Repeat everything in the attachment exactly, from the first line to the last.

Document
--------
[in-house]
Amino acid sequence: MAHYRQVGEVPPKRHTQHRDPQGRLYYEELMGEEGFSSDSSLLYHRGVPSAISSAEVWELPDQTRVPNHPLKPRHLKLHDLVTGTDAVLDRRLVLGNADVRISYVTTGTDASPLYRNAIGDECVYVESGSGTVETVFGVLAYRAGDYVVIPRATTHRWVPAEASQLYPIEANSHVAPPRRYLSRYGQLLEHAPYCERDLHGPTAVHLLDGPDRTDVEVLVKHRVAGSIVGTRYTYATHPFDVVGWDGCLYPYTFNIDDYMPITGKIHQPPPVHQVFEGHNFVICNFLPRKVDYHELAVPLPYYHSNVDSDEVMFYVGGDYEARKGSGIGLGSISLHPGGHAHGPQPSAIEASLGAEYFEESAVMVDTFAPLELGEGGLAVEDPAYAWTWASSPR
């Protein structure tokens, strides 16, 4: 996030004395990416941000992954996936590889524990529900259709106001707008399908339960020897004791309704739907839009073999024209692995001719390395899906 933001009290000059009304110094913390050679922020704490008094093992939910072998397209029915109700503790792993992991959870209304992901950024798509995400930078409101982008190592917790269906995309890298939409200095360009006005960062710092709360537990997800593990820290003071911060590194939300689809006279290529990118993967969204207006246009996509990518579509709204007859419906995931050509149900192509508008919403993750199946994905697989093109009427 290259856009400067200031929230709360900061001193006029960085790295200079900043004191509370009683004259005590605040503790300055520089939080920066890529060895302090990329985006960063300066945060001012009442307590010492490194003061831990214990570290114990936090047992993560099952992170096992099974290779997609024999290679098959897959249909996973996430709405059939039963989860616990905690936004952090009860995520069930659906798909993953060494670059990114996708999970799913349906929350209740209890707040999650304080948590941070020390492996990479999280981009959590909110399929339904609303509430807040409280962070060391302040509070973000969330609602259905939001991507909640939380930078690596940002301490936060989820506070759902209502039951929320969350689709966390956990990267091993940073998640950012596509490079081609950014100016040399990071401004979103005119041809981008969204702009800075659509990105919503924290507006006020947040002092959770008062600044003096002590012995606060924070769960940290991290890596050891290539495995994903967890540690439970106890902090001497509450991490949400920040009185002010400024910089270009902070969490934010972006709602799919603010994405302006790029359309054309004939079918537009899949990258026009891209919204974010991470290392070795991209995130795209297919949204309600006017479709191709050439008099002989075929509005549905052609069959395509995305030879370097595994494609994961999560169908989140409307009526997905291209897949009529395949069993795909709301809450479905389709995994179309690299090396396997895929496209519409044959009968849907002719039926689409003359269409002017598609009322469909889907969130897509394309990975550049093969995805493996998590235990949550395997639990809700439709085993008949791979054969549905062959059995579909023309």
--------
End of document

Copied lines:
[in-house]
Amino acid sequence: MAHYRQVGEVPPKRHTQHRDPQGRLYYEELMGEEGFSSDSSLLYHRGVPSAISSAEVWELPDQTRVPNHPLKPRHLKLHDLVTGTDAVLDRRLVLGNADVRISYVTTGTDASPLYRNAIGDECVYVESGSGTVETVFGVLAYRAGDYVVIPRATTHRWVPAEASQLYPIEANSHVAPPRRYLSRYGQLLEHAPYCERDLHGPTAVHLLDGPDRTDVEVLVKHRVAGSIVGTRYTYATHPFDVVGWDGCLYPYTFNIDDYMPITGKIHQPPPVHQVFEGHNFVICNFLPRKVDYHELAVPLPYYHSNVDSDEVMFYVGGDYEARKGSGIGLGSISLHPGGHAHGPQPSAIEASLGAEYFEESAVMVDTFAPLELGEGGLAVEDPAYAWTWASSPR
């Protein structure tokens, strides 16, 4: 996030004395990416941000992954996936590889524990529900259709106001707008399908339960020897004791309704739907839009073999024209692995001719390395899906 933001009290000059009304110094913390050679922020704490008094093992939910072998397209029915109700503790792993992991959870209304992901950024798509995400930078409101982008190592917790269906995309890298939409200095360009006005960062710092709360537990997800593990820290003071911060590194939300689809006279290529990118993967969204207006246009996509990518579509709204007859419906995931050509149900192509508008919403993750199946994905697989093109009427 290259856009400067200031929230709360900061001193006029960085790295200079900043004191509370009683004259005590605040503790300055520089939080920066890529060895302090990329985006960063300066945060001012009442307590010492490194003061831990214990570290114990936090047992993560099952992170096992099974290779997609024999290679098959897959249909996973996430709405059939039963989860616990905690936004952090009860995520069930659906798909993953060494670059990114996708999970799913349906929350209740209890707040999650304080948590941070020390492996990479999280981009959590909110399929339904609303509430807040409280962070060391302040509070973000969330609602259905939001991507909640939380930078690596940002301490936060989820506070759902209502039951929320969350689709966390956990990267091993940073998640950012596509490079081609950014100016040399990071401004979103005119041809981008969204702009800075659509990105919503924290507006006020947040002092959770008062600044003096002590012995606060924070769960940290991290890596050891290539495995994903967890540690439970106890902090001497509450991490949400920040009185002010400024910089270009902070969490934010972006709602799919603010994405302006790029359309054309004939079918537009899949990258026009891209919204974010991470290392070795991209995130795209297919949204309600006017479709191709050439008099002989075929509005549905052609069959395509995305030879370097595994494609994961999560169908989140409307009526997905291209897949009529395949069993795909709301809450479905389709995994179309690299090396396997895929496209519409044959009968849907002719039926689409003359269409002017598609009322469909889907969130897509394309990975550049093969995805493996998590235990949550395997639990809700439709085993008949791979054969549905062959059995579909023309």